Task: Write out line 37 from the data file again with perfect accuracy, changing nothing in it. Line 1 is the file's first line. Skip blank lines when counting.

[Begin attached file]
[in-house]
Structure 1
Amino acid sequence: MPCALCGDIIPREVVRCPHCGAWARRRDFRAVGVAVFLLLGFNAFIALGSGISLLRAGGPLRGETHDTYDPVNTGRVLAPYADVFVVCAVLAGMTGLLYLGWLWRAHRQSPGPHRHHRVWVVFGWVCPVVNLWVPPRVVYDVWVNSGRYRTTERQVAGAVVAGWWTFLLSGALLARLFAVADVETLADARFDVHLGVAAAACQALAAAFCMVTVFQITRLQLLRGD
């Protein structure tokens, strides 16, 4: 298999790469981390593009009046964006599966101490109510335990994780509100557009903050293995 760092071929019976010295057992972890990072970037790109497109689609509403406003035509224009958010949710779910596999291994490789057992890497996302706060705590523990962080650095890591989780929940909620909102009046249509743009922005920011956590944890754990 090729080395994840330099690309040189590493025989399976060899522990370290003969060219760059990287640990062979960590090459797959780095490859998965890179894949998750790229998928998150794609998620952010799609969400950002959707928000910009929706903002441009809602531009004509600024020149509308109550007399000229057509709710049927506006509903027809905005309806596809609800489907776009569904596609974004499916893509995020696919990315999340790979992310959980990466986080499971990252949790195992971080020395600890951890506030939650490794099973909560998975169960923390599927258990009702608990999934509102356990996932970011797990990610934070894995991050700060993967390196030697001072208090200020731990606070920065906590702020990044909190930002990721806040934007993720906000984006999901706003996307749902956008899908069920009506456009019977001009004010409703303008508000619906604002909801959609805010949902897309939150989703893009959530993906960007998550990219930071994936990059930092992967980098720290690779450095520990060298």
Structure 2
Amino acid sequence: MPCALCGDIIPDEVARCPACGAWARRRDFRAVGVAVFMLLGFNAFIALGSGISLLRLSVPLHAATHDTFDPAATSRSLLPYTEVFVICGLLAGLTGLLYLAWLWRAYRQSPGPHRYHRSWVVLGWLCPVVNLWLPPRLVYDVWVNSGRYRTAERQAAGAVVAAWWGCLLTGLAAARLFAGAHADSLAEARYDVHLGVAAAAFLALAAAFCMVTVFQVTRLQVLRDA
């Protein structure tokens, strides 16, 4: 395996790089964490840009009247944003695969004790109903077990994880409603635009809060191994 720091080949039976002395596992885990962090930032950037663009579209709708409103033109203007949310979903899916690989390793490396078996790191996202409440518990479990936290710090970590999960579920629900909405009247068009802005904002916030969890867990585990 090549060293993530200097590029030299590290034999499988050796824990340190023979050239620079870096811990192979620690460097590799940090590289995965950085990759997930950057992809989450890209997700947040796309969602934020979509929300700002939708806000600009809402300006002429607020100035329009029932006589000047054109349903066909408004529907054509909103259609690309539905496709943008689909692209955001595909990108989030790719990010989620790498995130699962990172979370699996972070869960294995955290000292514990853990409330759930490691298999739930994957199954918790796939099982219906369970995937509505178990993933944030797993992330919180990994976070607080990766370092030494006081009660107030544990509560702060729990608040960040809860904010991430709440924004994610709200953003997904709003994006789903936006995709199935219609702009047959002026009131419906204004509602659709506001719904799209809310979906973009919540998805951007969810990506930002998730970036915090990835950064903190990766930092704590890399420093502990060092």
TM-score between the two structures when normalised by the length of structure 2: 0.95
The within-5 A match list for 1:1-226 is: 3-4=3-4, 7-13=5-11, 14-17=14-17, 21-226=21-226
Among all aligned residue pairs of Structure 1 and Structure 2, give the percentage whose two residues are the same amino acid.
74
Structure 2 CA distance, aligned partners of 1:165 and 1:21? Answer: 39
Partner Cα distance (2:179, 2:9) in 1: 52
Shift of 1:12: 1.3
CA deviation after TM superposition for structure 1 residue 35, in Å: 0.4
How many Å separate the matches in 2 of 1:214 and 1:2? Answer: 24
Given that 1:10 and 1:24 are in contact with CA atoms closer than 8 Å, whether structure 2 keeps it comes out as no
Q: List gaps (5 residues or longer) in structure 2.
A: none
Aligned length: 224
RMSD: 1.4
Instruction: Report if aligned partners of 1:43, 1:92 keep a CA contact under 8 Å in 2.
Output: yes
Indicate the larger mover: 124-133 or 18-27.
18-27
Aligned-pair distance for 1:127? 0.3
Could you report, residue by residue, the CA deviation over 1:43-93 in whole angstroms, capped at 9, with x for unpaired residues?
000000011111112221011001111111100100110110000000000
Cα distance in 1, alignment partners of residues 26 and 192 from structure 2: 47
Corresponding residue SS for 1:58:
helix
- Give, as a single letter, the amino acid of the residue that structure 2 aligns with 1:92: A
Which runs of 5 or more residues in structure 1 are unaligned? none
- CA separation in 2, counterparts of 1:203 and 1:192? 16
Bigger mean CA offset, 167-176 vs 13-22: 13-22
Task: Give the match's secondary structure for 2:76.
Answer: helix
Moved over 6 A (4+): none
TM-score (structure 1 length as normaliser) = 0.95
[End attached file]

Answer: helix